Should Antifa be declared a domestic terrorist organization?
Antifa German riot

Should Antifa be declared a domestic terrorist organization?

Over 300,000 have petitioned the White House to make the call.

Posted August 28, 2017 11:13 AM by Jordan Schachtel Antifa German riot
jcrakow | Flickr
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On Sunday, members of the far-left Antifa (“anti-fascist”) fascist group stormed a free-speech demonstration known as the “Rally Against Hate,” destroying public and private property and viciously attacking and intimidating journalists, police officers, and those whom members of the group deemed its political opposition.

Sunday’s violent display was just one of the countless nationwide flare-ups this year in which Antifa rioters used physical force against innocents, using deadly weapons and homemade items to batter and intimidate people the group opposes.

Given the group’s barbarity and lawlessness, some have floated the idea that Antifa should be considered a domestic terrorist organization.

Members of the public have petitioned the White House to recognize Antifa as such. As of this writing, the petition has almost 311,000 signatures. It only needed 100,000 to force an official response from the White House.

So, should Antifa be declared a terrorist group, or something else?

To determine if Antifa should be designated, we must first explore its roots.

Antifa is modeled after Antifaschistische Aktion, a 1930s communist organization controlled by the Soviet Union that climbed to prominence during the simultaneous rise of the Nazi Party in Germany. During this time, the group was explicitly a militant organization that used violence to achieve its political ends. Similar to today’s Antifa, Antifaschistische Aktion supported a totalitarian communist society and labeled all of its opponents (including the ones who supported capitalism and liberal democracy) as “fascists.” While these “red shirts” became famously known for their anarchic street battles against Nazi devotees, under a Weimar Republic government that was unable and unwilling to keep order, they also targeted other political outfits that opposed communist rule.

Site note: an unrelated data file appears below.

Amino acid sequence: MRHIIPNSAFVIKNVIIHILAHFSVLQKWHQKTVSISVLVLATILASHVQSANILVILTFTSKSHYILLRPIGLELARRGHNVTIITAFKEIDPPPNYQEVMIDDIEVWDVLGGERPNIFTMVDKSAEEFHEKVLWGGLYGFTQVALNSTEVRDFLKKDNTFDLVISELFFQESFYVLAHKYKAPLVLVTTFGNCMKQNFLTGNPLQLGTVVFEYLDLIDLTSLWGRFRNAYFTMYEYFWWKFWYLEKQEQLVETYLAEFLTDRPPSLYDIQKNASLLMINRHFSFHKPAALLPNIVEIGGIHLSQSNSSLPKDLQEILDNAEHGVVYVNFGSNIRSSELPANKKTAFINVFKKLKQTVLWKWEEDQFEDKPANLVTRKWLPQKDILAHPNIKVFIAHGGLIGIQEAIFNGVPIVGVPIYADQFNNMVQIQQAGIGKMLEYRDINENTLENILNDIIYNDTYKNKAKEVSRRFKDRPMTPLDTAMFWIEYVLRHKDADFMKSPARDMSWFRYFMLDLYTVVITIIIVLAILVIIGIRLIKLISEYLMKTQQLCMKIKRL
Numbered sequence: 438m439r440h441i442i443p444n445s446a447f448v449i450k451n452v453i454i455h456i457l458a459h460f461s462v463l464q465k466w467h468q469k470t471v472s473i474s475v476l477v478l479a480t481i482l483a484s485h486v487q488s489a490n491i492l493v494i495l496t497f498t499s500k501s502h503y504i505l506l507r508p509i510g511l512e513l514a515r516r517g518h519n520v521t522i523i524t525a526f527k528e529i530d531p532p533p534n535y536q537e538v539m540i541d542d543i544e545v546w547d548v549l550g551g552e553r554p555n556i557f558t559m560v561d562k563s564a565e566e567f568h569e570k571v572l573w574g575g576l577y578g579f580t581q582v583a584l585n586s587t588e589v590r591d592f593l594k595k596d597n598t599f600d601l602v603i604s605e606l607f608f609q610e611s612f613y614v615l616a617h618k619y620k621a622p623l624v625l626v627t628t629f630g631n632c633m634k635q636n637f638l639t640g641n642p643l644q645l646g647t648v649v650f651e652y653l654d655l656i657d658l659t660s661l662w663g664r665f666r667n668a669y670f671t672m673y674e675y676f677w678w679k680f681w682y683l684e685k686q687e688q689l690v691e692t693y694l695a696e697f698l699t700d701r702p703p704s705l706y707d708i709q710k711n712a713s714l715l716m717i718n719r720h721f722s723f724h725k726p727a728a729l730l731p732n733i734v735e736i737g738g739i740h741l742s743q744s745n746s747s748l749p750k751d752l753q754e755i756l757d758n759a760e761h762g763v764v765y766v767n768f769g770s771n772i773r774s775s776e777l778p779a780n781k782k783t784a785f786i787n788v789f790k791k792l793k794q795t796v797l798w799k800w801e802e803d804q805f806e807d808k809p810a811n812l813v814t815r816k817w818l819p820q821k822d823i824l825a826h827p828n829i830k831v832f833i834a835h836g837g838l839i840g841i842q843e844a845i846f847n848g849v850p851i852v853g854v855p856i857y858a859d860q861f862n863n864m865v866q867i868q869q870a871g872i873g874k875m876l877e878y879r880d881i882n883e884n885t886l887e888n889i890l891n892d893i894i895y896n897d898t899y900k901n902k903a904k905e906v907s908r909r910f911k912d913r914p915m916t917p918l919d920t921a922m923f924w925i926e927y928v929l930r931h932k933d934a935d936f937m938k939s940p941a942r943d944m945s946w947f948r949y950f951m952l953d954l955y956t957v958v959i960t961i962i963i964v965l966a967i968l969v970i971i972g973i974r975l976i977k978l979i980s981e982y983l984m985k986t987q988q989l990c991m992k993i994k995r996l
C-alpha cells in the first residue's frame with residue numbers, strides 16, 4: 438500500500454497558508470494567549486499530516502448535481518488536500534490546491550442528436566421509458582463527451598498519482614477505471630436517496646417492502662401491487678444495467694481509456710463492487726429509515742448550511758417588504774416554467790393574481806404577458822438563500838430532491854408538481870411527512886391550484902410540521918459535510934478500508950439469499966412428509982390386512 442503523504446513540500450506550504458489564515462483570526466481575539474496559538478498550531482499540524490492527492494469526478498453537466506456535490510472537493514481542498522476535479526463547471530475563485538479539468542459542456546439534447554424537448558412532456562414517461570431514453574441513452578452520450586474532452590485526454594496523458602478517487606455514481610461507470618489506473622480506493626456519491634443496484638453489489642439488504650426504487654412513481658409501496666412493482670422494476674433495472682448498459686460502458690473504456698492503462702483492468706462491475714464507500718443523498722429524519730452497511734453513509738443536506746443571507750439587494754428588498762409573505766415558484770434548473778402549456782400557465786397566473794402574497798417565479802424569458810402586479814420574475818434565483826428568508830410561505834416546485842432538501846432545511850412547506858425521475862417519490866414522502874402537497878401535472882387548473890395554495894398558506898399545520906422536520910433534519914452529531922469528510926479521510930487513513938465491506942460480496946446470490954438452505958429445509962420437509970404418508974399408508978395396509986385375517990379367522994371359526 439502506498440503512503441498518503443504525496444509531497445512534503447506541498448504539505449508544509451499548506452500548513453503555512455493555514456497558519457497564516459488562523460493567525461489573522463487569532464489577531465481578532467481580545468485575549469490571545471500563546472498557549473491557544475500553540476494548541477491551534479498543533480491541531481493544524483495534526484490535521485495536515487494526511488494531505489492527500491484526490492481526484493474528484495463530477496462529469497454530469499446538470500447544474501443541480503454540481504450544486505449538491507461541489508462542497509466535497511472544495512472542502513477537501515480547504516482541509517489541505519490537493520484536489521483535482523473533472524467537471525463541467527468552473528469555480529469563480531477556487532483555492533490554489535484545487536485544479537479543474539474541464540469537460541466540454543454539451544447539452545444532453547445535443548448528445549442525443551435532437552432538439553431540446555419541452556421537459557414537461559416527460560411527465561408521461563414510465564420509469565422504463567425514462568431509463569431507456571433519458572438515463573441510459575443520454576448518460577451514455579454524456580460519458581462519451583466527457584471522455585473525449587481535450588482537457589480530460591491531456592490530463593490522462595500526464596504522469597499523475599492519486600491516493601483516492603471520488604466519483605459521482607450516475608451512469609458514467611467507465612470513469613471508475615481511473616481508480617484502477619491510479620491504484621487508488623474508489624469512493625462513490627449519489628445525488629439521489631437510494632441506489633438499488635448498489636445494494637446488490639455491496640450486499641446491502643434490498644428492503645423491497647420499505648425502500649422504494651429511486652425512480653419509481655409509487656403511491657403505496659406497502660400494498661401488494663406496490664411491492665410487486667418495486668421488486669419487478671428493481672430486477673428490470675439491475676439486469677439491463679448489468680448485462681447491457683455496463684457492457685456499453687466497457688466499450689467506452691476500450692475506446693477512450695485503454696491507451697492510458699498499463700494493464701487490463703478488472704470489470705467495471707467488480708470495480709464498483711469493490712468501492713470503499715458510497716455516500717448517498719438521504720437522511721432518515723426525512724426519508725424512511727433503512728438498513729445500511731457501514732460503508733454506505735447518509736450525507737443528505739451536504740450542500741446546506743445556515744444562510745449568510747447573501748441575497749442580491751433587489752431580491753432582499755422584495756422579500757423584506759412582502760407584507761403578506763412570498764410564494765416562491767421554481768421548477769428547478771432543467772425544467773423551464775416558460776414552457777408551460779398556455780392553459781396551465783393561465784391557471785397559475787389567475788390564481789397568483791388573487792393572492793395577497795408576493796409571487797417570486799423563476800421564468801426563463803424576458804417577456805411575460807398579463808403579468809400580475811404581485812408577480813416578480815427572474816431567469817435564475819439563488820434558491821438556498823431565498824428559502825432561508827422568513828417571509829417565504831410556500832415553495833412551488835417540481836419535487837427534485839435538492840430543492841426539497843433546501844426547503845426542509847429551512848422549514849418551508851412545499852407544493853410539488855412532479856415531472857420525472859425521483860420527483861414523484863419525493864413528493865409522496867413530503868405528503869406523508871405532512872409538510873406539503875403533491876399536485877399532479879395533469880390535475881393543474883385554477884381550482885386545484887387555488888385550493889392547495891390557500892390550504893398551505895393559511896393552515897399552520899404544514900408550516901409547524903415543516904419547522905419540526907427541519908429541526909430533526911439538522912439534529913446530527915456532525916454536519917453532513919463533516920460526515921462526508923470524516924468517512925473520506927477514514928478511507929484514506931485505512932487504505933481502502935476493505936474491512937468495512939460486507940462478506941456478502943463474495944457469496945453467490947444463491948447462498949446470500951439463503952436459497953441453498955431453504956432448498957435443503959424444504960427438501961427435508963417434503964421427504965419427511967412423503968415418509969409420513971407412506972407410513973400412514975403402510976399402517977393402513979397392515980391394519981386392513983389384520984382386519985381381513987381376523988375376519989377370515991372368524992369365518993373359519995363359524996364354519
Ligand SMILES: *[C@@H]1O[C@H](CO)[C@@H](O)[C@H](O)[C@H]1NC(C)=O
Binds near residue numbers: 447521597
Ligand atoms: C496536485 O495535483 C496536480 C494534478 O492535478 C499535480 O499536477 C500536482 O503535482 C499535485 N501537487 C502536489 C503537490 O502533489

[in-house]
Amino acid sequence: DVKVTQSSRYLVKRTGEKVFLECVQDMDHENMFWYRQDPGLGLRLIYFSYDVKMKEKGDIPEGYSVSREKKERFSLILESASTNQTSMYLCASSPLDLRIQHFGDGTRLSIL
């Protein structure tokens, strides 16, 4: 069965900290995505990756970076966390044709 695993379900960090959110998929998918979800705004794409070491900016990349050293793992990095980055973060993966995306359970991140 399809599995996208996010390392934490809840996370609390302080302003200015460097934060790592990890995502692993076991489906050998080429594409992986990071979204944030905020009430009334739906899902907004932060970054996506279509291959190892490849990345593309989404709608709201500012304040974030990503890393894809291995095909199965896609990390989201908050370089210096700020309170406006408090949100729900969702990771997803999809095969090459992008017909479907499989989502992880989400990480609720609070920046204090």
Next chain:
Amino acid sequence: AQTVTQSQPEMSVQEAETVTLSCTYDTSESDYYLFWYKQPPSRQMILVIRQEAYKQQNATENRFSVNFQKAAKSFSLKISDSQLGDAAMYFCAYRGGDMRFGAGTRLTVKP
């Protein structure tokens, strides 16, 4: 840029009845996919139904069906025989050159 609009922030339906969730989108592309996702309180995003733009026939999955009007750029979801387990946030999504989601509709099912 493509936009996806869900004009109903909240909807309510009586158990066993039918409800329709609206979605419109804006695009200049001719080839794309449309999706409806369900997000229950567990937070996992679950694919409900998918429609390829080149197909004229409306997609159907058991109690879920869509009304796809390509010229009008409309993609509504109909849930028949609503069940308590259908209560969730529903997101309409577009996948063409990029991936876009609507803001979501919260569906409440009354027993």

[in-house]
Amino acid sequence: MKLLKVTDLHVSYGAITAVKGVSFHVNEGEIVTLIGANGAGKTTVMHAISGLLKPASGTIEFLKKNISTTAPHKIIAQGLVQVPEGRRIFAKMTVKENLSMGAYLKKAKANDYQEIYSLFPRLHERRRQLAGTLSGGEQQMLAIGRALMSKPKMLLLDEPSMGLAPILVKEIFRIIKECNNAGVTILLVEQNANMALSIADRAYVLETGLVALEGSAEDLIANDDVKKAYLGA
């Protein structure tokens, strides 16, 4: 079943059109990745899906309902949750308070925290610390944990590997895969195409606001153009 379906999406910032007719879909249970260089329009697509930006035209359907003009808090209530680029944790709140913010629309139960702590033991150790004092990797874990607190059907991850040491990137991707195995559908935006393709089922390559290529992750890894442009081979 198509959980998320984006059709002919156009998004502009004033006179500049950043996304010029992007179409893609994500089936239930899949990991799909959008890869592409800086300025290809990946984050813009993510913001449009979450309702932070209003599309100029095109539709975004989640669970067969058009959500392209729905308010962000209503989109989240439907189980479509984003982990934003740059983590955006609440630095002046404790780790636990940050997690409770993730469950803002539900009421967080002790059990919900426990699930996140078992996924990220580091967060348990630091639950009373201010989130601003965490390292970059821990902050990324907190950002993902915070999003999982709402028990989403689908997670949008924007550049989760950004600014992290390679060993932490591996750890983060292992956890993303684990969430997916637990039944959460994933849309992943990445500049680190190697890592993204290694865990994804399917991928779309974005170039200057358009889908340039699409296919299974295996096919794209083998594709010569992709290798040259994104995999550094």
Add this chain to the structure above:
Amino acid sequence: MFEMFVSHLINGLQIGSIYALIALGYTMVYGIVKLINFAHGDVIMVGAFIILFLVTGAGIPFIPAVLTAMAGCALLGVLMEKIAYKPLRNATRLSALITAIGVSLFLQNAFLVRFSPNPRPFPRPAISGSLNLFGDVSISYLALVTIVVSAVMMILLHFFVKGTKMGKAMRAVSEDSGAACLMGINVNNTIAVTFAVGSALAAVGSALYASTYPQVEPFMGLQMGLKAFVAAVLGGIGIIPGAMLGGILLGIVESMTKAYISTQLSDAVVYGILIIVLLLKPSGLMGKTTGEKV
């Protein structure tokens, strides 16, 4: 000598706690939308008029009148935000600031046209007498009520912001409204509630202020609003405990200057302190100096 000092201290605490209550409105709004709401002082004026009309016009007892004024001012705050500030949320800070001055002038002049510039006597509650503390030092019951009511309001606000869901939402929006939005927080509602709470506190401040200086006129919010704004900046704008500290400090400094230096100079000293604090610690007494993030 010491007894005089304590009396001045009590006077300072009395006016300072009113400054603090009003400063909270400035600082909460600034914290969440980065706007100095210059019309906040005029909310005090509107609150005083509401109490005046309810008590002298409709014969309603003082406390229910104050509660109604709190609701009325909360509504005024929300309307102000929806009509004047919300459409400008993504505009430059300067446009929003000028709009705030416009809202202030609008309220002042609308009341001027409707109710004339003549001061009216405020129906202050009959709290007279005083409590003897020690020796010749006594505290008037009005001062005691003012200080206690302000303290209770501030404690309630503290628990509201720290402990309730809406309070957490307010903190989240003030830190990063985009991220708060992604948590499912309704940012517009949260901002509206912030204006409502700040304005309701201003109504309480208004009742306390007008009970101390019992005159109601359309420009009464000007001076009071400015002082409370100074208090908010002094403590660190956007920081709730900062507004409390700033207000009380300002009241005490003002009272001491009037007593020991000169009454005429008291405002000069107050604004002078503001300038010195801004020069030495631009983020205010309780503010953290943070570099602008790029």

However, there is no longer a Soviet Union, and today’s U.S. branch of Antifa appears to be operating independently of any foreign state. While Antifa demonstrations have flared up in other countries, there is no current evidence its U.S. branch is being directed by any international bodies. Therefore, a debate over Antifa’s criminal status should center around whether the group should be considered a domestic terrorist organization.

The FBI defines domestic terrorism as the “unlawful use, or threatened use, of force or violence by a group or individual based and operating entirely within the United States or Puerto Rico without foreign direction committed against persons or property to intimidate or coerce a government, the civilian population, or any segment thereof in furtherance of political or social objectives.”

Furthermore, under the Patriot Act, independent acts of domestic terrorism are defined by the following criteria:

"(A) involve acts dangerous to human life that are a violation of the criminal laws of the United States or of any State; (B) appear to be intended – (i) to intimidate or coerce a civilian population; (ii) to influence the policy of a government by intimidation or coercion; or (iii) to affect the conduct of a government by mass destruction, assassination, or kidnapping; and (C) occur primarily within the territorial jurisdiction of the United States.”

Antifa certainly uses intimidation and violence to suppress its opponents. Its members often attempt to influence and coerce policy through mob violence. Members of the group have yet to engage in murder and assassination; it appears to only be a matter of time before its extremely violent gatherings result in the killing of innocents to further its political ends.

The evidence makes a serious case that Antifa should be declared a domestic terrorist group. However, the United States does not designate domestic extremist groups as terrorist organizations, because it would interfere with First Amendment protections under the Constitution.

Given its lack of proven foreign influence, Antifa members should be considered part of a domestic extremist group, comparable to the likes of the Ku Klux Klan, the Aryan Nations, the Animal Liberation Front, Black Liberation Army, and countless other U.S.-based extremist outfits. Law enforcement should use all resources available to fight back against the organization’s extremist activities.


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Jordan Schachtel is the national security correspondent for Conservative Review. Follow him on Twitter @JordanSchachtel.